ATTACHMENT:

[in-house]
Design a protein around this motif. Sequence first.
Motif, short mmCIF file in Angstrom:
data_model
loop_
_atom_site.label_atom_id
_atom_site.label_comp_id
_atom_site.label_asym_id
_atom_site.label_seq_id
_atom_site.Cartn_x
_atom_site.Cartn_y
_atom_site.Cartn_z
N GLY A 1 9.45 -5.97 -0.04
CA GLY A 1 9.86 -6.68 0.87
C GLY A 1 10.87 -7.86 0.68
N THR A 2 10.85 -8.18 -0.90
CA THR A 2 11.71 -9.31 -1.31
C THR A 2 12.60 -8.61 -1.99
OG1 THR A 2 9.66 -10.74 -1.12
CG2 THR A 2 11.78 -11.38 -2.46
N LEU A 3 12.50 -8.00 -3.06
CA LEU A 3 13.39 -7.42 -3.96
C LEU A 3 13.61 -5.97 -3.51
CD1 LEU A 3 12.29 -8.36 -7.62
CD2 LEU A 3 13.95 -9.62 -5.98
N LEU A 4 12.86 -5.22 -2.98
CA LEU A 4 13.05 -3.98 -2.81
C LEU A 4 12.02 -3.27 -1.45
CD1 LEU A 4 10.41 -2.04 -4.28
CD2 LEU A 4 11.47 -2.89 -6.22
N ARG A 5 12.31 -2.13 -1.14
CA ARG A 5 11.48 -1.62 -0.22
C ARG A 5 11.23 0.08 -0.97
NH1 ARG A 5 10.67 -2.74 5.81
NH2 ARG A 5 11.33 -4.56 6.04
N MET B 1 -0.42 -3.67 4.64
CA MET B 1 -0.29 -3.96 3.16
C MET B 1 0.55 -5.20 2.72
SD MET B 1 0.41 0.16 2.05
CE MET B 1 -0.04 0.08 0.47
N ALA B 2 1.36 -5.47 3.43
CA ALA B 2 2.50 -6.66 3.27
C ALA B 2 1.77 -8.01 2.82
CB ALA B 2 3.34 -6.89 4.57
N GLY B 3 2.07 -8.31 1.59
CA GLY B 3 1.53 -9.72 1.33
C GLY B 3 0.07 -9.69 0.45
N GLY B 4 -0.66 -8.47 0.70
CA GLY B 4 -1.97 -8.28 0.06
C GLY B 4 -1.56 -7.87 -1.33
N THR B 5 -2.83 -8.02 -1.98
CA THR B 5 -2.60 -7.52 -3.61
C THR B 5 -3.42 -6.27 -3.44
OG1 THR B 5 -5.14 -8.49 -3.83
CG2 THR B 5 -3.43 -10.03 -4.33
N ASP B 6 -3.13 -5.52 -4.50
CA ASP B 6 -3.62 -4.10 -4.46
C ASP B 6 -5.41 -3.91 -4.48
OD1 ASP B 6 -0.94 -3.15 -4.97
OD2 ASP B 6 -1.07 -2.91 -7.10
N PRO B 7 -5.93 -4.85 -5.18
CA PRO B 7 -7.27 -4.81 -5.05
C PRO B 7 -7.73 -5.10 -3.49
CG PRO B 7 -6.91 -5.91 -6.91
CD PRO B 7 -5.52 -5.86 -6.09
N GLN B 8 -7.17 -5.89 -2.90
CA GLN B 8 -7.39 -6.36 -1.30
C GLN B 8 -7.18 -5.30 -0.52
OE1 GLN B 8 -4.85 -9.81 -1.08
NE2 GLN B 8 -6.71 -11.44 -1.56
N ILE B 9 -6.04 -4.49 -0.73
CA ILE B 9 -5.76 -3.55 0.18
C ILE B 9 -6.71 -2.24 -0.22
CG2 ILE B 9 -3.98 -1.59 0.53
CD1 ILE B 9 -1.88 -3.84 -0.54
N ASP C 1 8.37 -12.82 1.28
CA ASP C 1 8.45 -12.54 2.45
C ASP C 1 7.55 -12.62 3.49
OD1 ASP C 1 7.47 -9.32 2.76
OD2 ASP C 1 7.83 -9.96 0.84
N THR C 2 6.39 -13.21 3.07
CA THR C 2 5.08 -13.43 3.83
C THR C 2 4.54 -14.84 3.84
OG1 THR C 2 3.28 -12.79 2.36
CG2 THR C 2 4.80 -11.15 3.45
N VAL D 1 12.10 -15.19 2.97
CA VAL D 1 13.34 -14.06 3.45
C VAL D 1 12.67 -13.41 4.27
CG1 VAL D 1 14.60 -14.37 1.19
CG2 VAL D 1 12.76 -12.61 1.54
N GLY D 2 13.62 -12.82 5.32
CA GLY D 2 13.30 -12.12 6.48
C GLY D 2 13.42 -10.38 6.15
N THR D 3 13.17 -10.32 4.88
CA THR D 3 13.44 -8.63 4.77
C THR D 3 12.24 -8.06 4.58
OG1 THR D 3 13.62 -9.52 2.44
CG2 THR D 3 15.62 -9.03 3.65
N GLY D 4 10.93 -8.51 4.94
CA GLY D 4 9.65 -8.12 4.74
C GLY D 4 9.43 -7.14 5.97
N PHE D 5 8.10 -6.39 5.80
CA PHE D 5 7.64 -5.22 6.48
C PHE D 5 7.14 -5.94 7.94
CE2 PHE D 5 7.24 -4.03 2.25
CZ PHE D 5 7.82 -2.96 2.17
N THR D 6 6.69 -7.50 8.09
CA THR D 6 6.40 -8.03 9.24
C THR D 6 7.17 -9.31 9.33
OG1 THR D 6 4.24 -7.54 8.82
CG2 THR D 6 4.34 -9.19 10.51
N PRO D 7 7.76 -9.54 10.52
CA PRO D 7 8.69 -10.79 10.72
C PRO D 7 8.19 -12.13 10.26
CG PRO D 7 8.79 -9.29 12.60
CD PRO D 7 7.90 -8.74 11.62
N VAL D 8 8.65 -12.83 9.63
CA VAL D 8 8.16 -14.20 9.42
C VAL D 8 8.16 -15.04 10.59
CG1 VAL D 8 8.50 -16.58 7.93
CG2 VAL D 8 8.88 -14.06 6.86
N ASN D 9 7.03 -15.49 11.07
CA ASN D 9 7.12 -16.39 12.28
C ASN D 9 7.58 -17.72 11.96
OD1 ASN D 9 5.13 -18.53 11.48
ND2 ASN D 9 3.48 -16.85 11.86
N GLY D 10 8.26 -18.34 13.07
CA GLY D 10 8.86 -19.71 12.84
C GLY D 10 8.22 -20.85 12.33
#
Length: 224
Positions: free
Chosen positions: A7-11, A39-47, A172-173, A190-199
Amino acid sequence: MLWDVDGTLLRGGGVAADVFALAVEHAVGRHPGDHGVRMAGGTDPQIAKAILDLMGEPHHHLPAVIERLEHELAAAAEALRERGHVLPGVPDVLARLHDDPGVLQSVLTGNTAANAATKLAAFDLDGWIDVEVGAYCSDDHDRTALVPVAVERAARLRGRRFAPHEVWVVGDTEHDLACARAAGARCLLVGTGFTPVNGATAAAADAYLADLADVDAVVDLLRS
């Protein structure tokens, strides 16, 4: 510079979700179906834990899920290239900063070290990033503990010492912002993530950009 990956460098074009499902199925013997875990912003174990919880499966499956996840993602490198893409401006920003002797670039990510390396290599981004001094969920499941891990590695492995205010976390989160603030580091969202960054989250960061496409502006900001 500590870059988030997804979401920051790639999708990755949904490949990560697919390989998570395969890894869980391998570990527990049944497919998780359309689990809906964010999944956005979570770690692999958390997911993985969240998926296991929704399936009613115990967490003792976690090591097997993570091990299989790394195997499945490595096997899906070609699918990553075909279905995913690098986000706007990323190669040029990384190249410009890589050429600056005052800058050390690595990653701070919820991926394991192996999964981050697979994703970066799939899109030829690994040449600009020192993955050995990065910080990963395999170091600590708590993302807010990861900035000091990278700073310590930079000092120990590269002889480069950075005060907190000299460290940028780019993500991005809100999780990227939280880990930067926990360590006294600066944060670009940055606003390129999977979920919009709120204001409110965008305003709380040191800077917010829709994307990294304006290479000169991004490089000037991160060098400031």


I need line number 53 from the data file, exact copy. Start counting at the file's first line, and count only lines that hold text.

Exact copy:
C THR B 5 -3.42 -6.27 -3.44